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Temporal scaling of hydrological time series in a shallow responsive aquifer

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Title: Temporal scaling of hydrological time series in a shallow responsive aquifer
Authors: Habib, Abrar Mustafa Sayed Ahmed
Item Type: Thesis or dissertation
Abstract: The existence of temporal scaling in hydrological time series has been acknowledged for decades but seldom rigorously investigated in terms of the effect of various catchment-scale forcings on the scaling behaviour of local series. The aim of this work is to establish the relationship between these forcings, such as a catchment’s physical properties or scaling behaviour of local series, on the scaling behaviour of groundwater levels (GWL) in the catchment. The benefit from performing this exercise is that it sheds light onto the local processes governing the fluctuation of GWL. The study site selected for this work is in Wallingford, United Kingdom. GWL and river stage – monitored at 1-minute intervals – and corresponding rainfall, temperature and other hydrometeorological series – monitored at 15-minute intervals – are available for a period of 4 years. The site is formed of a riparian aquifer that drains into River Thames and the GWL are highly responsive and fluctuate over a wide range of temporal sales. To rigorously investigate local forcings on Wallingford’s GWL scaling behaviour, a physically-based coupled recharge-groundwater flow model is developed and calibrated using multi-objective evolutionary algorithms to simulate GWL scaling behaviour. The scaling behaviour of all series is analysed using a newly developed robust detrended fluctuation analysis procedure (r-DFAn) to reliably and objectively quantify and identify the different scaling regimes that may exist in hydrological variables (Habib, Sorensen et al. 2017). By varying the various inputs and parameters of the model to study their effect on GWL scaling behaviour, it was found that only changes to rainfall scaling behaviour produced statistically significant changes to GWL scaling behaviour. Other inputs and parameters tested were the aquifer’s physical properties, parameters affecting the recharge process, potential evapotranspiration’s scaling properties, river stage’s scaling properties and distance of the GW borehole from the river. This implies that the fluctuation structure of GWLs at the Wallingford site is dictated by the fluctuation structure of the rainfall as opposed to local geology or parameters controlling the recharge process. An additional finding is that the scaling behaviour of a simulated hydrological variable can be used as a metric to ensure that a hydrological model correctly replicates the variable’s fluctuation structure across all studied scales.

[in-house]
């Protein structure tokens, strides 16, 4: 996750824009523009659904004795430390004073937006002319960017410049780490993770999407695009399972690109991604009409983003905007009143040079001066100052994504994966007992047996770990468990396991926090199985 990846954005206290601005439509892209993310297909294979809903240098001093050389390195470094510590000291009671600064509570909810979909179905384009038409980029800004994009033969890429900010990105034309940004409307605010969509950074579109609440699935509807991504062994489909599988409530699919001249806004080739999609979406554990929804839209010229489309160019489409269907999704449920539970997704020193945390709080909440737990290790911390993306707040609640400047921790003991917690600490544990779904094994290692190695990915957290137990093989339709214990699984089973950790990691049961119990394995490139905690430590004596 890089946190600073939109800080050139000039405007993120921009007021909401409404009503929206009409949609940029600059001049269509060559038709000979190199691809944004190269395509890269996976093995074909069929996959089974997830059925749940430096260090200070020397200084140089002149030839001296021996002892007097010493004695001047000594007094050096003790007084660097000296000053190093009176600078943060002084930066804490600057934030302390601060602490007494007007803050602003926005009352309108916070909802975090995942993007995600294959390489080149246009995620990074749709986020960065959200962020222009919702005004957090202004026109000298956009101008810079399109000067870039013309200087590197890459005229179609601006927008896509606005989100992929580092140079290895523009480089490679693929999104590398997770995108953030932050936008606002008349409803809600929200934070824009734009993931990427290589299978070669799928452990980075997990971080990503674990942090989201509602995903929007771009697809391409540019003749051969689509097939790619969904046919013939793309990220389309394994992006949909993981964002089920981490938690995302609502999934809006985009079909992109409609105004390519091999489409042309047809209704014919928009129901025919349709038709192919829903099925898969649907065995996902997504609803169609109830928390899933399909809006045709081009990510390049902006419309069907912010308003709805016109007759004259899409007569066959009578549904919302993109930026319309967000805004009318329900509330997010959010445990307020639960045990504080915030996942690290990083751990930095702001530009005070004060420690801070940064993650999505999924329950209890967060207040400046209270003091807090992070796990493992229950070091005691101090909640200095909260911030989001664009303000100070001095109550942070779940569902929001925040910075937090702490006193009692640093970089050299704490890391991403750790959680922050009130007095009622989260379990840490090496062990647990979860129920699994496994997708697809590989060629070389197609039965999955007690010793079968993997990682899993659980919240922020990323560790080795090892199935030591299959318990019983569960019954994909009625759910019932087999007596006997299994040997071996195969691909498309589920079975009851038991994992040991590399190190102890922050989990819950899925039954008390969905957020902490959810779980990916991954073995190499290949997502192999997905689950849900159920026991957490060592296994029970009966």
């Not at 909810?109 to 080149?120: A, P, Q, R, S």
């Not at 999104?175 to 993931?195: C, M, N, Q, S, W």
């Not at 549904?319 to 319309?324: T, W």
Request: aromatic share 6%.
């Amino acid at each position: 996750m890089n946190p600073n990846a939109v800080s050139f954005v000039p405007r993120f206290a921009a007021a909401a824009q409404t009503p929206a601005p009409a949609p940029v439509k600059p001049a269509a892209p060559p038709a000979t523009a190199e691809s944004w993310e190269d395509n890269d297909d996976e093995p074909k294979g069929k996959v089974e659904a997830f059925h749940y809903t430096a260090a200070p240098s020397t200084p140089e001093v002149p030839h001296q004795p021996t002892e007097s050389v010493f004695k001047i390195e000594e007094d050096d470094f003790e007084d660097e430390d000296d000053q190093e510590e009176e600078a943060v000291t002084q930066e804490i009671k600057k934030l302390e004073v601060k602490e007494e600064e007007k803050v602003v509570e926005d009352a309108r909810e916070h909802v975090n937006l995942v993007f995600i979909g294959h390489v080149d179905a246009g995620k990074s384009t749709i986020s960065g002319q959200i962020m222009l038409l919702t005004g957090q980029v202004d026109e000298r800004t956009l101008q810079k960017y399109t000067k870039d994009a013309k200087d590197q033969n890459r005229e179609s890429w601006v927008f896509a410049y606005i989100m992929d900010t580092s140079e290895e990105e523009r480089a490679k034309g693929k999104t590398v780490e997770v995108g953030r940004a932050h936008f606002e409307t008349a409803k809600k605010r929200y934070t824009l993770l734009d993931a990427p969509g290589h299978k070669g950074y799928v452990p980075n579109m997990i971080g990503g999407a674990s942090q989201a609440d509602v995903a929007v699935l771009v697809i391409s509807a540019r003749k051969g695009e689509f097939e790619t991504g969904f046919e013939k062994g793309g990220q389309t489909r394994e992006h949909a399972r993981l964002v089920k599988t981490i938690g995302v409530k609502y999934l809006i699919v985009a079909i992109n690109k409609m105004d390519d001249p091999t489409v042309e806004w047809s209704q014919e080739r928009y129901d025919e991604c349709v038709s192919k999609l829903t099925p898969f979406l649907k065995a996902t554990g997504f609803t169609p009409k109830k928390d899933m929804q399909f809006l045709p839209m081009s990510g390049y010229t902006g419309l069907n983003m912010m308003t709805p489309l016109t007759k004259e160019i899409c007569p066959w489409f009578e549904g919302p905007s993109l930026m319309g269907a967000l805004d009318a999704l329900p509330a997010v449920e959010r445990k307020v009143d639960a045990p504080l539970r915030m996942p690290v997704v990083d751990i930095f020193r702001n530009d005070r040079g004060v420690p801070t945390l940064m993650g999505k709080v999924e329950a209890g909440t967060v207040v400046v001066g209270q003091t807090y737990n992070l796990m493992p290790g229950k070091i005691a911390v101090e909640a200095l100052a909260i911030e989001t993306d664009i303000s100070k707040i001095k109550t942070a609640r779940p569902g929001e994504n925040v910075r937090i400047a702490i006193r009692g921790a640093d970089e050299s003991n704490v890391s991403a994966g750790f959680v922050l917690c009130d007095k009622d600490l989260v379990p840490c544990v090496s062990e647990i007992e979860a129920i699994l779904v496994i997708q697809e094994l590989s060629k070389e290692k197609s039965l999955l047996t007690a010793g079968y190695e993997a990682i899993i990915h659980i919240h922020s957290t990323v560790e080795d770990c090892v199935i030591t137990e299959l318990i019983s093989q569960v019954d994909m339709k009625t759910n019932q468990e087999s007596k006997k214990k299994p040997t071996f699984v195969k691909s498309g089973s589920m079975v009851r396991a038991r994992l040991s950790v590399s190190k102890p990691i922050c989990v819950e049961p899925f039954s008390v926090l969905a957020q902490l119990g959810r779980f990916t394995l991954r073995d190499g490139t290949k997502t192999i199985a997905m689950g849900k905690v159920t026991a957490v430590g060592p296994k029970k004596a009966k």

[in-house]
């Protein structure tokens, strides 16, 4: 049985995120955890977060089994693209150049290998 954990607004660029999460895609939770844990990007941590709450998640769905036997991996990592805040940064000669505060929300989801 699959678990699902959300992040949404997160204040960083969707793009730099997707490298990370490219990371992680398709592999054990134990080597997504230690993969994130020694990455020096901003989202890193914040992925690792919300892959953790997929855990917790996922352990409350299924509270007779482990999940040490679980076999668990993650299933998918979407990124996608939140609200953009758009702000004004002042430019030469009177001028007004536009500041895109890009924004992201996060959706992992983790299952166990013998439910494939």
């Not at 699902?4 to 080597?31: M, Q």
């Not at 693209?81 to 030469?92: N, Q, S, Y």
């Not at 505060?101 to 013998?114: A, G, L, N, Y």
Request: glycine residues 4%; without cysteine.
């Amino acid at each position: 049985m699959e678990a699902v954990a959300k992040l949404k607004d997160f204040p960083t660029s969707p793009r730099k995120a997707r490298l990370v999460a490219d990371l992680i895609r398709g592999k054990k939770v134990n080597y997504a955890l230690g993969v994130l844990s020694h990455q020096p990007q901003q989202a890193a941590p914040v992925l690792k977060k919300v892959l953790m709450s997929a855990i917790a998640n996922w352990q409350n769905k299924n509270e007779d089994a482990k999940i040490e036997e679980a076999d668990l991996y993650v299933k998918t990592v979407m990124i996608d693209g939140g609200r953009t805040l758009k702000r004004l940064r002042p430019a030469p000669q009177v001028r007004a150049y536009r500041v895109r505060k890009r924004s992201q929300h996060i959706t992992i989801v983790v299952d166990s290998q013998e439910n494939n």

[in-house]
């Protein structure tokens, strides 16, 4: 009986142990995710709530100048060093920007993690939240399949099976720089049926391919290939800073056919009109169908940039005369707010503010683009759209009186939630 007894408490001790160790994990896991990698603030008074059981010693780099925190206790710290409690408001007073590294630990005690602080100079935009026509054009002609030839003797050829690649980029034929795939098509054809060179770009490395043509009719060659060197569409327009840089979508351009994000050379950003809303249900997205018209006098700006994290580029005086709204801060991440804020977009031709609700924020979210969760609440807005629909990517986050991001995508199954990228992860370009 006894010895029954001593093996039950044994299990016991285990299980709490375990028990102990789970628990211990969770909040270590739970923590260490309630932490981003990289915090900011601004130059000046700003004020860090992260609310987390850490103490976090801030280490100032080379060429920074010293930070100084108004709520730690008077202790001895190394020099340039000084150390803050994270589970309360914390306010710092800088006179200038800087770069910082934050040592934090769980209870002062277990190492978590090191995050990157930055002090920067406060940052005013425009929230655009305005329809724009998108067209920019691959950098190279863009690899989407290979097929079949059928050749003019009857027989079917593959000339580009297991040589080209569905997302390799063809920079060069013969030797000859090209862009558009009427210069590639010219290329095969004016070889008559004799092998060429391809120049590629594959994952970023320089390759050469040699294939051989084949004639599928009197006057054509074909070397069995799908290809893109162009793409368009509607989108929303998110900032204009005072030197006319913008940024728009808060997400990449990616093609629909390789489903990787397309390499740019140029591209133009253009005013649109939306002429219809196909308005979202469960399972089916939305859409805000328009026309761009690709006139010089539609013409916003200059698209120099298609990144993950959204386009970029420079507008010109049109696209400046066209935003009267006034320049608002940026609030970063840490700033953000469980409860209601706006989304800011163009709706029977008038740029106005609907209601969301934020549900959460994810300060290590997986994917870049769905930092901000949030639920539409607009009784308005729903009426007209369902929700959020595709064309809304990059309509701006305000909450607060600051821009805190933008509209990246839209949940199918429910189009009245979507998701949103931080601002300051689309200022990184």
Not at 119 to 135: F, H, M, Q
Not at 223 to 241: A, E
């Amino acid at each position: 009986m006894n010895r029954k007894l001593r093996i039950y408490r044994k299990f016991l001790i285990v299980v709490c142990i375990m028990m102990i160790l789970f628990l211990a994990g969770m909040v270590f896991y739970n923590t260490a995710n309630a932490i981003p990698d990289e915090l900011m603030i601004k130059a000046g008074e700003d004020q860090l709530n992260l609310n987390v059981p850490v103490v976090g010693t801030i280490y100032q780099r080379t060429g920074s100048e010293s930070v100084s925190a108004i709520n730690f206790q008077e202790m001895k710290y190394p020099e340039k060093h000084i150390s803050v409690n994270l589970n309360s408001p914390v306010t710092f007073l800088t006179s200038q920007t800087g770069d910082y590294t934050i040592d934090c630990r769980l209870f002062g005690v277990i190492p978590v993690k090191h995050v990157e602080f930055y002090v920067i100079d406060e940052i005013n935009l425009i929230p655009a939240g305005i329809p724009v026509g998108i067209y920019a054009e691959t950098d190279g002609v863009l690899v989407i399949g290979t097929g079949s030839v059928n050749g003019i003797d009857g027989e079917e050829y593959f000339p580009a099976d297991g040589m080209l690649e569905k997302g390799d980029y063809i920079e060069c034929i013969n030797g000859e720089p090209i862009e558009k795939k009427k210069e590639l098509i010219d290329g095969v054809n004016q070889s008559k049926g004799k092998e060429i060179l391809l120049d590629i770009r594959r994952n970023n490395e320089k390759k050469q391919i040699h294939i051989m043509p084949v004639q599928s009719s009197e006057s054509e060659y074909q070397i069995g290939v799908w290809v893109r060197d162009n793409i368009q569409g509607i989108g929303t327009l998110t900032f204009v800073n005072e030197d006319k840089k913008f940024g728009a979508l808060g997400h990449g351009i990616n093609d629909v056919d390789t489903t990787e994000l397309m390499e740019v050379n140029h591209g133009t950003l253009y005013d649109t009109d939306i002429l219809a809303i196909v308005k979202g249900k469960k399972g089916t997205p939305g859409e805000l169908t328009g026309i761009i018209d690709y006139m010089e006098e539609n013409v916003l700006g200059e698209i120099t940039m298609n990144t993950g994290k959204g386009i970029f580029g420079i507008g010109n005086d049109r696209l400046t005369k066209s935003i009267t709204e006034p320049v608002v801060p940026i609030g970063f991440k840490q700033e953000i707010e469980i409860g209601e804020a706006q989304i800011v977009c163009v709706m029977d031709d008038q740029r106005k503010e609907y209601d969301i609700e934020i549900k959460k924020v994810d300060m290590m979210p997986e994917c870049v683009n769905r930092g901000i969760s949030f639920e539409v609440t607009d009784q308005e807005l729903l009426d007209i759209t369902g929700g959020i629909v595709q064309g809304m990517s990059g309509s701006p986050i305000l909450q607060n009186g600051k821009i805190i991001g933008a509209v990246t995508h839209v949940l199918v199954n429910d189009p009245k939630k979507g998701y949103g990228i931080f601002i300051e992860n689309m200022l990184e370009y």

Content Version: Open Access
Issue Date: Sep-2017
Date Awarded: Feb-2018
URI: http://hdl.handle.net/10044/1/69793
DOI: https://doi.org/10.25560/69793
Supervisor: Butler, Adrian
Onof, Christian
Sponsor/Funder: University of Bahrain
Department: Civil and Environmental Engineering
Publisher: Imperial College London
Qualification Level: Doctoral
Qualification Name: Doctor of Philosophy (PhD)
Appears in Collections:Civil and Environmental Engineering PhD theses

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